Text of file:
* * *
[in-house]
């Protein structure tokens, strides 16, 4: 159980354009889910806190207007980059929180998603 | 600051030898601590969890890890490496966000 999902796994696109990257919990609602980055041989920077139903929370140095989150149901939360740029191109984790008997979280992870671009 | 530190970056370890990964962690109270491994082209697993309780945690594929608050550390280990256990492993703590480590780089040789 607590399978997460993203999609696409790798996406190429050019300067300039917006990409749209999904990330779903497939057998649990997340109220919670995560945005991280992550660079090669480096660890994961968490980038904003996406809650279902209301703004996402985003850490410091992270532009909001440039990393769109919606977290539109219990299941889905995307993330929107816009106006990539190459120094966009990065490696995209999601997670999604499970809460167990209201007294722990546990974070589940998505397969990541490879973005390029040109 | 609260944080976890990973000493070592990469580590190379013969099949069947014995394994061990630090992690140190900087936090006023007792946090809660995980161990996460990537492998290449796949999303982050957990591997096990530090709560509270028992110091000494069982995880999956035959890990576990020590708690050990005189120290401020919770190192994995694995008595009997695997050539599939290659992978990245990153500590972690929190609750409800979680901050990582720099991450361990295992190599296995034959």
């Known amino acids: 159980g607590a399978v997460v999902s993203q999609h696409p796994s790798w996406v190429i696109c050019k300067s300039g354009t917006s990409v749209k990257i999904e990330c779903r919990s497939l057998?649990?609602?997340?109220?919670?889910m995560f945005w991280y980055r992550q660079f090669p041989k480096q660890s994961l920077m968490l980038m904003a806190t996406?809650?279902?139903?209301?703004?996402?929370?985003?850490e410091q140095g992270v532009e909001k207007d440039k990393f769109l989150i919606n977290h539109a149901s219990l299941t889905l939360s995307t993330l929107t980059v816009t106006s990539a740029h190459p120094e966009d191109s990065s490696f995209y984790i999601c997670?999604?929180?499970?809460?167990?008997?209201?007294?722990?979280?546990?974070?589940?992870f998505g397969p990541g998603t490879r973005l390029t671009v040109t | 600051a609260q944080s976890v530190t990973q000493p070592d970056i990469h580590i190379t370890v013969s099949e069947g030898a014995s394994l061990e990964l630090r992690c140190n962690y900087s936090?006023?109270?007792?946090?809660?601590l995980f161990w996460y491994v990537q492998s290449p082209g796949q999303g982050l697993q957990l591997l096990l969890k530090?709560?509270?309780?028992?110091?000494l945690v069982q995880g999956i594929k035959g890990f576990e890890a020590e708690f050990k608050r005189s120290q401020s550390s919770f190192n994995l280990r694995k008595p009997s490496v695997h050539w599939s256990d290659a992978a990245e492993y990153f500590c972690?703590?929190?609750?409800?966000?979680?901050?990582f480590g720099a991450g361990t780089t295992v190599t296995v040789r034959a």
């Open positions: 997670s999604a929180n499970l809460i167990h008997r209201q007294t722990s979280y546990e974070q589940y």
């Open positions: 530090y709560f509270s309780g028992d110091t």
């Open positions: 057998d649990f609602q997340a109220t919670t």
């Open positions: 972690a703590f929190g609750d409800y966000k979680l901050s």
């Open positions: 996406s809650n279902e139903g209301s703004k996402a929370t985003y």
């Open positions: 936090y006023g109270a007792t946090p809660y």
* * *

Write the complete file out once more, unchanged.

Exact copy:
[in-house]
């Protein structure tokens, strides 16, 4: 159980354009889910806190207007980059929180998603 | 600051030898601590969890890890490496966000 999902796994696109990257919990609602980055041989920077139903929370140095989150149901939360740029191109984790008997979280992870671009 | 530190970056370890990964962690109270491994082209697993309780945690594929608050550390280990256990492993703590480590780089040789 607590399978997460993203999609696409790798996406190429050019300067300039917006990409749209999904990330779903497939057998649990997340109220919670995560945005991280992550660079090669480096660890994961968490980038904003996406809650279902209301703004996402985003850490410091992270532009909001440039990393769109919606977290539109219990299941889905995307993330929107816009106006990539190459120094966009990065490696995209999601997670999604499970809460167990209201007294722990546990974070589940998505397969990541490879973005390029040109 | 609260944080976890990973000493070592990469580590190379013969099949069947014995394994061990630090992690140190900087936090006023007792946090809660995980161990996460990537492998290449796949999303982050957990591997096990530090709560509270028992110091000494069982995880999956035959890990576990020590708690050990005189120290401020919770190192994995694995008595009997695997050539599939290659992978990245990153500590972690929190609750409800979680901050990582720099991450361990295992190599296995034959």
């Known amino acids: 159980g607590a399978v997460v999902s993203q999609h696409p796994s790798w996406v190429i696109c050019k300067s300039g354009t917006s990409v749209k990257i999904e990330c779903r919990s497939l057998?649990?609602?997340?109220?919670?889910m995560f945005w991280y980055r992550q660079f090669p041989k480096q660890s994961l920077m968490l980038m904003a806190t996406?809650?279902?139903?209301?703004?996402?929370?985003?850490e410091q140095g992270v532009e909001k207007d440039k990393f769109l989150i919606n977290h539109a149901s219990l299941t889905l939360s995307t993330l929107t980059v816009t106006s990539a740029h190459p120094e966009d191109s990065s490696f995209y984790i999601c997670?999604?929180?499970?809460?167990?008997?209201?007294?722990?979280?546990?974070?589940?992870f998505g397969p990541g998603t490879r973005l390029t671009v040109t | 600051a609260q944080s976890v530190t990973q000493p070592d970056i990469h580590i190379t370890v013969s099949e069947g030898a014995s394994l061990e990964l630090r992690c140190n962690y900087s936090?006023?109270?007792?946090?809660?601590l995980f161990w996460y491994v990537q492998s290449p082209g796949q999303g982050l697993q957990l591997l096990l969890k530090?709560?509270?309780?028992?110091?000494l945690v069982q995880g999956i594929k035959g890990f576990e890890a020590e708690f050990k608050r005189s120290q401020s550390s919770f190192n994995l280990r694995k008595p009997s490496v695997h050539w599939s256990d290659a992978a990245e492993y990153f500590c972690?703590?929190?609750?409800?966000?979680?901050?990582f480590g720099a991450g361990t780089t295992v190599t296995v040789r034959a």
């Open positions: 997670s999604a929180n499970l809460i167990h008997r209201q007294t722990s979280y546990e974070q589940y």
């Open positions: 530090y709560f509270s309780g028992d110091t």
């Open positions: 057998d649990f609602q997340a109220t919670t």
């Open positions: 972690a703590f929190g609750d409800y966000k979680l901050s």
């Open positions: 996406s809650n279902e139903g209301s703004k996402a929370t985003y």
């Open positions: 936090y006023g109270a007792t946090p809660y």